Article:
Preeclampsia and risk of developing bronchopulmonary dysplasia in very preterm neonates
Pregnancy Hypertension , Volume 15 p. 57- 63
Objective: Bronchopulmonary dysplasia (BPD) is a severe common complication of preterm birth with considerable short and long-term consequences. As more evidence is emerging that dysregulation of angiogenesis is implicated in the pathogenesis of preeclampsia as well as in fetal lung development, we assessed if preeclampsia is associated with development of BPD in very preterm neonates. Study design: A retrospective cohort study of 308 infants born between 24+0 and 31+6 weeks of gestation in 2011 and 2012. We performed association analysis with univariable and multivariable logistic regression, adjusting for confounders. Models were additionally adjusted for intermediates, to show how an association can be disguised by over adjusting. Main outcome measure: BPD was diagnosed at 36+0 weeks postmenstrual age and defined as the need for oxygen (FiO2 > 0.21) for at least 12 h per day, for more than 28 days before or at 36+0 weeks postmenstrual age, and classified as mild, moderate or severe. Results: After applying our exclusion criteria, we report our primary outcome on 247 mother-neonate pairs. Fifty-nine neonates developed BPD (23.9%) which was moderate to severe in 27 of them (10.9%). Preeclampsia was associated with BPD, adjusted odds ratio, 95% confidence interval: 4.22 (1.63, 10.91). However, after adjusting for additional intermediates no statistical significance remained, adjusted odds ratio, 95% confidence interval: 1.87 (0.49, 7.24). Conclusion: This study shows that early-onset preeclampsia is associated with development of BPD in the very preterm neonate. Part of this association is mediated by fetal growth restriction and mode of delivery.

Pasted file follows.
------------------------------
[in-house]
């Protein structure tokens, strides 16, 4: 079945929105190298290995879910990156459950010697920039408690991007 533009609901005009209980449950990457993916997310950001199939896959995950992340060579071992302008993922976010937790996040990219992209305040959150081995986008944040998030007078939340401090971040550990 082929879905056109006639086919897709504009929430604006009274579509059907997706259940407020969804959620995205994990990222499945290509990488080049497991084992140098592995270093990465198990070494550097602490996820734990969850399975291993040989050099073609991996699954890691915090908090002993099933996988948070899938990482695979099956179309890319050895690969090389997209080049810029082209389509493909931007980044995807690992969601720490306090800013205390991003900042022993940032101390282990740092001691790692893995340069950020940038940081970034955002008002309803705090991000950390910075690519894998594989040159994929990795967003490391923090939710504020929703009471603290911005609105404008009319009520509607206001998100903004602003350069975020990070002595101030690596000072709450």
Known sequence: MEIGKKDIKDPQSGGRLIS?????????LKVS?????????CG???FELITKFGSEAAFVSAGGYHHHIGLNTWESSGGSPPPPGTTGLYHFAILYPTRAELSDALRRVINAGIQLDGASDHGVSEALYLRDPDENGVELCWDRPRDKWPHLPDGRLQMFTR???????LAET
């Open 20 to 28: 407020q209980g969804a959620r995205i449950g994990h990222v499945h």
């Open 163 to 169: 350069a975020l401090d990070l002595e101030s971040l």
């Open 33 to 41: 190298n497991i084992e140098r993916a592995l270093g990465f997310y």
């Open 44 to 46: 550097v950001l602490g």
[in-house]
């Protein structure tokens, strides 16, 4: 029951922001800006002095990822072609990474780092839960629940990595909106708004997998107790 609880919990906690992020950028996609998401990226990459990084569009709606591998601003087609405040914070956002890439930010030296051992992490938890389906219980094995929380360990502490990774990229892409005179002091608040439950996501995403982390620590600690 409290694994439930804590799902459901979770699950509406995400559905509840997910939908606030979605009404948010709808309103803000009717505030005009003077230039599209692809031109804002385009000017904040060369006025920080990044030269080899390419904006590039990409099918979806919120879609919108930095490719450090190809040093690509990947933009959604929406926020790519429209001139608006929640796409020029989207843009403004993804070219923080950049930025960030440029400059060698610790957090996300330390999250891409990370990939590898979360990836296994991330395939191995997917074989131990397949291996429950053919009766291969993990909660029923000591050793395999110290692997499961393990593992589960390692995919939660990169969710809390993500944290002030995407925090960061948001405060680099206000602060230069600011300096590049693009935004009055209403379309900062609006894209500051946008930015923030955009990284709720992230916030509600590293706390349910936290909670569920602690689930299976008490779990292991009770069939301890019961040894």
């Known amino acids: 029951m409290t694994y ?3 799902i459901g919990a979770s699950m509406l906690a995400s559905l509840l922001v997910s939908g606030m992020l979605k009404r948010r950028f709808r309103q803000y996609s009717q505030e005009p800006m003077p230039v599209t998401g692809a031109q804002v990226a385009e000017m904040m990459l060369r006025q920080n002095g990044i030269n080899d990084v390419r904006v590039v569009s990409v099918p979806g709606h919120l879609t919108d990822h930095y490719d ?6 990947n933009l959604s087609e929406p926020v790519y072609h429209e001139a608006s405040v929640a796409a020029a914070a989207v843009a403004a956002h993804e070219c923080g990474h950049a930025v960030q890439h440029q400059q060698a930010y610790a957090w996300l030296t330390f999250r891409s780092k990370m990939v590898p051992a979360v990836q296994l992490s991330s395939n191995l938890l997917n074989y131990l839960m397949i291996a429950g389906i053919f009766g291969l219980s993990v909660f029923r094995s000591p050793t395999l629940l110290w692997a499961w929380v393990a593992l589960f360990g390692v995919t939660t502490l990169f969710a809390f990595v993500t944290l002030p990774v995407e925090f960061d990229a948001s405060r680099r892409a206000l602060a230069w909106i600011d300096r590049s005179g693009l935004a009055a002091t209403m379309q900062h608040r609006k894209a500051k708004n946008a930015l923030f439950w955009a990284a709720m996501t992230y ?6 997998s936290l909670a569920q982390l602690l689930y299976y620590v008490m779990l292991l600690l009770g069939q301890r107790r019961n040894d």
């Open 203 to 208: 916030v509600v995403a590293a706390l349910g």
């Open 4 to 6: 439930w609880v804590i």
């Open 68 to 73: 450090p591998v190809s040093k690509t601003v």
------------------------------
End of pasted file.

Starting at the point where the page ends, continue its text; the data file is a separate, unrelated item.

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|Organisation||Department of Pediatrics|
Wilmink, F.A, Reijnierse, J., Reiss, I.K.M, Steegers, E.A.P, de Jonge, R.C.J., Gerling, I., … van Hillegersberg, J. (2019). Preeclampsia and risk of developing bronchopulmonary dysplasia in very preterm neonates. Pregnancy Hypertension, 15, 57–63. doi:10.1016/j.preghy.2018.11.001